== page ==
Updated 5:45 p.m. Tuesday, March 17, with more comments from officials and restaurant owners
Starting at the end of the day Thursday, restaurants and bars in most of the St. Louis region will only be able to offer takeout or delivery as leaders attempt to stem the spread of coronavirus.
Officials of the city of St. Louis and St. Louis, St. Charles and Franklin counties made the joint announcement Tuesday to shut dine-in service in restaurants and bars and enforce social distancing at all businesses. Officials in Jefferson County did not immediately respond to a request for comment on whether they would implement similar restrictions.
“There is nothing more important than maximizing social distancing and slowing, slowing, slowing the spread of the COVID-19 virus,” said St. Louis Mayor Lyda Krewson.
Establishments must limit service to delivery, window, walk-up or drive-thru service starting midnight on Thursday night.
St. Louis County Executive Sam Page said he also signed an executive order to institute social distancing measures at all businesses, for both employees and customers. The changes “will save people's lives,” Page said.
“I hope everyone is taking these measures in everyday life,” Page said at a Tuesday press conference. “It is not easy, but it is necessary, and we will do it.”
St. Charles County Executive Steve Ehlmann praised the decision earlier Tuesday by the Missouri Gaming Commission to close casino gaming boats to prevent virus spread.
“I think that’s a tremendous move forward,” Ehlmann said.
Krewson said there are about 88,000 people in the St. Louis region employed by the hospitality industry, including restaurants, bars, hotels and other businesses.
She did not mention any local resources for affected workers but said those who may be laid off in the coming days could apply for unemployment benefits.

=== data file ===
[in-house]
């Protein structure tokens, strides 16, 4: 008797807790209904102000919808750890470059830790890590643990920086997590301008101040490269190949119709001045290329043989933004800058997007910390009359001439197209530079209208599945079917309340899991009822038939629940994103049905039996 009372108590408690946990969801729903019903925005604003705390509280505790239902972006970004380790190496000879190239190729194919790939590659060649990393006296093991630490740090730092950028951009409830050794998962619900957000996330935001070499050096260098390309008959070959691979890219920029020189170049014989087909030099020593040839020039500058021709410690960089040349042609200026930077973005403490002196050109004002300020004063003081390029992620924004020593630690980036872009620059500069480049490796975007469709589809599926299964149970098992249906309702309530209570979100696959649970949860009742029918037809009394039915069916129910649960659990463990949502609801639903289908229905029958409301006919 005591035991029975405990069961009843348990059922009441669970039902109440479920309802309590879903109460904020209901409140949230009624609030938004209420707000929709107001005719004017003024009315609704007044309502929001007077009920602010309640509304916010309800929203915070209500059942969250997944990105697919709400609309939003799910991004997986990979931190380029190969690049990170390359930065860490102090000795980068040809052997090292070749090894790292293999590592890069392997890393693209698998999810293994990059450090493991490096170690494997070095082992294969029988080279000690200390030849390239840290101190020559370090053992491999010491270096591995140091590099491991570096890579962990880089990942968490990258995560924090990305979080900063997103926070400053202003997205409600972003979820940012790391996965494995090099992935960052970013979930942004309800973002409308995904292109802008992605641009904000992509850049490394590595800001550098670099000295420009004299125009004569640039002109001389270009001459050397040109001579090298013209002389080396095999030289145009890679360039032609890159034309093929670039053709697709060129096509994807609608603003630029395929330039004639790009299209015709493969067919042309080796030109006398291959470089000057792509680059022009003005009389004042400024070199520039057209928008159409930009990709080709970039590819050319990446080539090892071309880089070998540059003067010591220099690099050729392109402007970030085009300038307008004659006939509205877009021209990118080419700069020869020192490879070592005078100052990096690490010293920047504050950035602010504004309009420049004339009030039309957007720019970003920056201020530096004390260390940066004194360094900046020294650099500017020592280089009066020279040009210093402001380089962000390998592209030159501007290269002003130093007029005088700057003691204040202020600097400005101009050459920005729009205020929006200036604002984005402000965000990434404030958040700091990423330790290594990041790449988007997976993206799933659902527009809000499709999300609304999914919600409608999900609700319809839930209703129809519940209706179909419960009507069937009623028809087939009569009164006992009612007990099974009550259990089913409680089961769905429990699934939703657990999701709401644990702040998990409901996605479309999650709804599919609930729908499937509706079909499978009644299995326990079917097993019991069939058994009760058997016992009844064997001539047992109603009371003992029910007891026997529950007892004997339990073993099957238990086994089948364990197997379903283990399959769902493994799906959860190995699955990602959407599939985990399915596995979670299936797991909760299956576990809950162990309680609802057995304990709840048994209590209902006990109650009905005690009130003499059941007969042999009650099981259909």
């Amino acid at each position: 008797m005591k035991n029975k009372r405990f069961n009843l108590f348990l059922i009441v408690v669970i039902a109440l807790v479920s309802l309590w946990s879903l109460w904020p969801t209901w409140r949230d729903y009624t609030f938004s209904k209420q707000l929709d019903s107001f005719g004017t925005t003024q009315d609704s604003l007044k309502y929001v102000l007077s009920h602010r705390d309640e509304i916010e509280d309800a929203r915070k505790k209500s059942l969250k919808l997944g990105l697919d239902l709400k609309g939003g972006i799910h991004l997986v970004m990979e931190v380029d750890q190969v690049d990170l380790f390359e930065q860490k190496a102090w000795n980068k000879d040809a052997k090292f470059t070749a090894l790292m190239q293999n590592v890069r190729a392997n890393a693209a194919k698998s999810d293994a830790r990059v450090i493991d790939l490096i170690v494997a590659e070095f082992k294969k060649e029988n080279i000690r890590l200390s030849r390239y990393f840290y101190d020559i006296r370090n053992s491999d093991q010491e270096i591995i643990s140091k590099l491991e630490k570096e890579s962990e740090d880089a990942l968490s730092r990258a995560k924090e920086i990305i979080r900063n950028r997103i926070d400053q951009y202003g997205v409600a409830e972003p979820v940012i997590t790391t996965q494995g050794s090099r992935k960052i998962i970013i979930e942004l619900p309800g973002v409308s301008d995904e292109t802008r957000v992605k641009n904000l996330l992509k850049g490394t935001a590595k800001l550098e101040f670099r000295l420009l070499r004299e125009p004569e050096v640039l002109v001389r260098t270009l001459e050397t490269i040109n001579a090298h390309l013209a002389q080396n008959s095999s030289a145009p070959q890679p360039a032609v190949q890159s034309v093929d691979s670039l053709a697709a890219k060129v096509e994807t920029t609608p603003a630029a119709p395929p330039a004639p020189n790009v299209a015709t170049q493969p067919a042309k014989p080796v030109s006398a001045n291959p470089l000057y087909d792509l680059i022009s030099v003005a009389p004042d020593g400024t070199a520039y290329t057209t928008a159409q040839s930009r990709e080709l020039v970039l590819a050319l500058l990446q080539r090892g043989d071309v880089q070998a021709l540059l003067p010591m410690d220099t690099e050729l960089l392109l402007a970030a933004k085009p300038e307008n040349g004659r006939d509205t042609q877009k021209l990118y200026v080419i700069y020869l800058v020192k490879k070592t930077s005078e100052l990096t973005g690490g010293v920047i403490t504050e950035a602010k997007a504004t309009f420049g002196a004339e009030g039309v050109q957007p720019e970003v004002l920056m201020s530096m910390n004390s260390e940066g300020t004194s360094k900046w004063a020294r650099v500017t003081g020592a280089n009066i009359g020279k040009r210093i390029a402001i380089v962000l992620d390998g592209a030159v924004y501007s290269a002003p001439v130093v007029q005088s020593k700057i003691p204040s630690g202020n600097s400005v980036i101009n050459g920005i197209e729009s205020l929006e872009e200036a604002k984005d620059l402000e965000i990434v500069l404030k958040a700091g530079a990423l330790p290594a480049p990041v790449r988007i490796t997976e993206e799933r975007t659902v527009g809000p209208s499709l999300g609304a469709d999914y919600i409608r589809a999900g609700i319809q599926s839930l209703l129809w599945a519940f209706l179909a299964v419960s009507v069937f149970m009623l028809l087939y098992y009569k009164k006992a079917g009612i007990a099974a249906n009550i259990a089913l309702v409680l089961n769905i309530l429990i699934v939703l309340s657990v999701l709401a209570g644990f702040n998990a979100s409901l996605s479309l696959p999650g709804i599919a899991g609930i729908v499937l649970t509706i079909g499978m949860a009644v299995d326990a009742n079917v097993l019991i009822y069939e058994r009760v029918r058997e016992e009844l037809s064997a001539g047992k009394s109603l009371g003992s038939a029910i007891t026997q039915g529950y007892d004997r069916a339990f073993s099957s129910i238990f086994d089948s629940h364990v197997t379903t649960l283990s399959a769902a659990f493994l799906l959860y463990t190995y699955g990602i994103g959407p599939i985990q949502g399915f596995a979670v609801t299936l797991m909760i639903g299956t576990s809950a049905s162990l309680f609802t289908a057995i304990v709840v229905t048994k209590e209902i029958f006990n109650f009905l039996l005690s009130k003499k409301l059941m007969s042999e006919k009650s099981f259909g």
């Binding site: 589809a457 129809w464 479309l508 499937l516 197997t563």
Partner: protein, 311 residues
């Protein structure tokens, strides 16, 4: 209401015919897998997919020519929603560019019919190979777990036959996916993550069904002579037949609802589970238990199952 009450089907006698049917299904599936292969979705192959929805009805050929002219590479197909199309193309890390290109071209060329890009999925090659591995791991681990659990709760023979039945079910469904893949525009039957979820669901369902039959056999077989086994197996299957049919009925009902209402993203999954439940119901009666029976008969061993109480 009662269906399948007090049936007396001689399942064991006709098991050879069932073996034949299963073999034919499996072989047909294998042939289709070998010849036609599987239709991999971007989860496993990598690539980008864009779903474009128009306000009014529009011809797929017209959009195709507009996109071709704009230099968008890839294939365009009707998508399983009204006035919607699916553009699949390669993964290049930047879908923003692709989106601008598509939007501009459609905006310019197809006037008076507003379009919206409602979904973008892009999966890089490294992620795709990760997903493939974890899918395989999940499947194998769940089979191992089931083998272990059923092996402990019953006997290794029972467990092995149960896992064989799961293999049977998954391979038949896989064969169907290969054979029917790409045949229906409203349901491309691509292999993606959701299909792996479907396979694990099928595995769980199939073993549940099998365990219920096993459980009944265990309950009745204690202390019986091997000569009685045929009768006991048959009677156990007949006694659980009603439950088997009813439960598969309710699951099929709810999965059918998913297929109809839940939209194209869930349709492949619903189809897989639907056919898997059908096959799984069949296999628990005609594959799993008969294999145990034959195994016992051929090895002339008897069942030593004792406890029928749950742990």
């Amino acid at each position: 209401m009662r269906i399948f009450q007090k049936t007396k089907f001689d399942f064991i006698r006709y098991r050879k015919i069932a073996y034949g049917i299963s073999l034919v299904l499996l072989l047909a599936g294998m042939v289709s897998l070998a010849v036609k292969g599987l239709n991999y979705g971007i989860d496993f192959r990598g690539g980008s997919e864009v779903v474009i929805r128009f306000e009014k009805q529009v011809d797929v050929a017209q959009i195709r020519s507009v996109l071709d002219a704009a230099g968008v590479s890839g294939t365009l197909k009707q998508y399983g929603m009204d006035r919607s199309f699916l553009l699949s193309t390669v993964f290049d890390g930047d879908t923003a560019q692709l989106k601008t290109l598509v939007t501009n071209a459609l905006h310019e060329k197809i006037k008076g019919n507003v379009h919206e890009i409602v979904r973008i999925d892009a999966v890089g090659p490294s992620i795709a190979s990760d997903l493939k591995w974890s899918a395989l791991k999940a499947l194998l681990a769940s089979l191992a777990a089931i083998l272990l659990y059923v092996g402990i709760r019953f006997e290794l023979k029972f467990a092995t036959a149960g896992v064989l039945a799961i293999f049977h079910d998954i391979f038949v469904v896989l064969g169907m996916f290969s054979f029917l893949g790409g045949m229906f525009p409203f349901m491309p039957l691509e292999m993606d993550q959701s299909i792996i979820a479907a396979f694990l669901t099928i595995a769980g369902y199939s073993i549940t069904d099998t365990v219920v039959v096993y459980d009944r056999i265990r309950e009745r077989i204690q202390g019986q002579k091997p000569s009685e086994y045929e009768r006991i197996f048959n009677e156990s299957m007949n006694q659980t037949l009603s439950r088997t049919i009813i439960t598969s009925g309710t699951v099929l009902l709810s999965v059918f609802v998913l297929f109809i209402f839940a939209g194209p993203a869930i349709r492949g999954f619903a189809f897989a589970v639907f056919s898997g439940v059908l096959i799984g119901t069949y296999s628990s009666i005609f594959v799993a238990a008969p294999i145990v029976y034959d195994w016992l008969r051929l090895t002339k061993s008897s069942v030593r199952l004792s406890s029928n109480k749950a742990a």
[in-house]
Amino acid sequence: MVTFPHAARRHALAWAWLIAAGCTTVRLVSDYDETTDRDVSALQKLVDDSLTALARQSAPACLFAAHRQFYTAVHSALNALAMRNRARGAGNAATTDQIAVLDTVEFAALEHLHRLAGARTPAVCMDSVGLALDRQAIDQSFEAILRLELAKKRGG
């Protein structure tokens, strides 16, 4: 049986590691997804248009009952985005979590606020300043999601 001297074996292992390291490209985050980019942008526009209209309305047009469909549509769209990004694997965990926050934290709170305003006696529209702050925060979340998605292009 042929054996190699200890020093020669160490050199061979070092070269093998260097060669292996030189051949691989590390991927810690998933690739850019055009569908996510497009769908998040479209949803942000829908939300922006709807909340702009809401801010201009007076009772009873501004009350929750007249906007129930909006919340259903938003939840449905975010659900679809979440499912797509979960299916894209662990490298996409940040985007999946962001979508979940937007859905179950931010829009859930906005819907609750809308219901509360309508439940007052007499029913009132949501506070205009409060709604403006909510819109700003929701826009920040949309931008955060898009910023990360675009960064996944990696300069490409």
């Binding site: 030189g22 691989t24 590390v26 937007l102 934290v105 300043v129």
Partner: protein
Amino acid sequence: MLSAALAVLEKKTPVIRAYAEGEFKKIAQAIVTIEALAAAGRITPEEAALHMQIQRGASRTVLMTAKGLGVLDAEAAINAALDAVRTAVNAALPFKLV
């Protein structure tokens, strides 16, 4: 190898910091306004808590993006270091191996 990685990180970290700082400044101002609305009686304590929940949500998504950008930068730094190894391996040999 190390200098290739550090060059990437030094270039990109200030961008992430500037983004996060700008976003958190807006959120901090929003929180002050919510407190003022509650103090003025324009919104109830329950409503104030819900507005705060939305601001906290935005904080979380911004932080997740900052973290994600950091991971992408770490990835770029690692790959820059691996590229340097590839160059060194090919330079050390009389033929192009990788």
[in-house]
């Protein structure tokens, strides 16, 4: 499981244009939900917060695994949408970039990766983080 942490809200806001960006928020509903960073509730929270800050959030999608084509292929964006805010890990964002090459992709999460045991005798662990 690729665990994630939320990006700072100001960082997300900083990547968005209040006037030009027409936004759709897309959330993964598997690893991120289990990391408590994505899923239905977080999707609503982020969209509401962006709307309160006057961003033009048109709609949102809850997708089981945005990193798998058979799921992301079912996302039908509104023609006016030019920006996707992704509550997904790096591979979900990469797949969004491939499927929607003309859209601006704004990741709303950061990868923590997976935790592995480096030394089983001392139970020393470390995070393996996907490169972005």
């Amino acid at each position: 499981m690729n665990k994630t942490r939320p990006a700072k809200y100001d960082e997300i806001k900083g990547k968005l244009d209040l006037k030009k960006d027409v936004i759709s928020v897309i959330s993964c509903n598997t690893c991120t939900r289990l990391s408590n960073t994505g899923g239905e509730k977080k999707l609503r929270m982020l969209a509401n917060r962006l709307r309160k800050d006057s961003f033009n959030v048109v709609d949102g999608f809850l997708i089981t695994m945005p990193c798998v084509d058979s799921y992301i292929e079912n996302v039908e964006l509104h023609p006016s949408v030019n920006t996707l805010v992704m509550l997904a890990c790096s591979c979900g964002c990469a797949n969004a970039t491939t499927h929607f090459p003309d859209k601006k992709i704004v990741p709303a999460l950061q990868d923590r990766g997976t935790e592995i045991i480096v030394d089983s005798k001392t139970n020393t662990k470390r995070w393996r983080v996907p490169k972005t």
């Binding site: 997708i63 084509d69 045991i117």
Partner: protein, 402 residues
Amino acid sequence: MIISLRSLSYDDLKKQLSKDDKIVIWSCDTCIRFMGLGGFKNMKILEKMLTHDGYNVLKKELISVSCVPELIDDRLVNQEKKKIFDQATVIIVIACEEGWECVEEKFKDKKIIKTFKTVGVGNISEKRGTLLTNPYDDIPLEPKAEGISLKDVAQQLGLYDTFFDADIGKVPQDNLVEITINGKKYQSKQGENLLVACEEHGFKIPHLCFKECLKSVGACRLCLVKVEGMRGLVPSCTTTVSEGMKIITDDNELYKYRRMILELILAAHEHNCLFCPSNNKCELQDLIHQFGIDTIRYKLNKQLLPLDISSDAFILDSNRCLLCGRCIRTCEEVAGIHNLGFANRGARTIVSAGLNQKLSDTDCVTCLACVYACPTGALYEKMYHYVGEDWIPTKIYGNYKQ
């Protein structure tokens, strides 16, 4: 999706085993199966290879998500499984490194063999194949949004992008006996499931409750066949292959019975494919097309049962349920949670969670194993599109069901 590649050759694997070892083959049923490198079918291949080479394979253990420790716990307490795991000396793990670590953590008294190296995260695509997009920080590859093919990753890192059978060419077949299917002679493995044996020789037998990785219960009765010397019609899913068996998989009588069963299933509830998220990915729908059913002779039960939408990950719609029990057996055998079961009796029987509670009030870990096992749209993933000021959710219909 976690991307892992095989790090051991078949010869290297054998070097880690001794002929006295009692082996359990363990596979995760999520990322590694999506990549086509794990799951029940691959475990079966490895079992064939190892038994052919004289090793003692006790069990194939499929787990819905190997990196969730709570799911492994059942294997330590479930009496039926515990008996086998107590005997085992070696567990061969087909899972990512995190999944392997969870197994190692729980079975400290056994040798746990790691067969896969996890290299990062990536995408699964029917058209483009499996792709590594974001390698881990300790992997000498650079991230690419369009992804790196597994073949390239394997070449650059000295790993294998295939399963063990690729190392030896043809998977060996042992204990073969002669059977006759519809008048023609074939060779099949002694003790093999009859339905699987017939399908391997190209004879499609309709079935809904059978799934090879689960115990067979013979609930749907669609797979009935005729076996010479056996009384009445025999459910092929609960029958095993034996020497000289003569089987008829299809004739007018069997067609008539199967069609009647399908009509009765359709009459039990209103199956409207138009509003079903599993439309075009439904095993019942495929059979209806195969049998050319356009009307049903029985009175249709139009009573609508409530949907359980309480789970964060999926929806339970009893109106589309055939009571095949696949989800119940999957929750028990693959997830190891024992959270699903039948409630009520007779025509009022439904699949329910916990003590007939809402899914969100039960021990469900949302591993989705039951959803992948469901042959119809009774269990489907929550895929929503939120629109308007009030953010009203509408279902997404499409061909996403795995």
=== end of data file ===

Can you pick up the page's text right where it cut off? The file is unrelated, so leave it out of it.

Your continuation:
“There has to be direct help to individuals and to small businesses from the federal government in order to get through this crisis,” she said.
In the past few days, many local restaurants and bars had already decided to close their doors, reduce seating or switch to curbside pickup and delivery only.
Tatyana Telnikova, owner of the HandleBar on Manchester Avenue in the Grove neighborhood, closed her bar on Monday night.
“By being open, we’re helping spread it and we don’t even realize it,” she said. “At the same time, I have a moral obligation to my staff who are relying on this for their income.”
She is in the process of filing for mass unemployment for the more than a dozen employees who work at the Handlebar. Telnikova said she gave employees two weeks' pay — about $8,500 total — and plans to hire them back as soon as she can.
“I’m investing in the future here. After this is all weathered, people are going to need to have a drink,” she said.
Other restaurant owners, like Francis Rodriguez, have started curbside pickup. He said that’s because he can’t afford to shutter his businesses, which include Yaquis and the B-Side on Cherokee Street.
“If we close, we’re going to lose everything. We don’t have a rich family we can depend on. We don’t have a bank we can depend on,” he said. “This is our everything; it’s our house and our business.”
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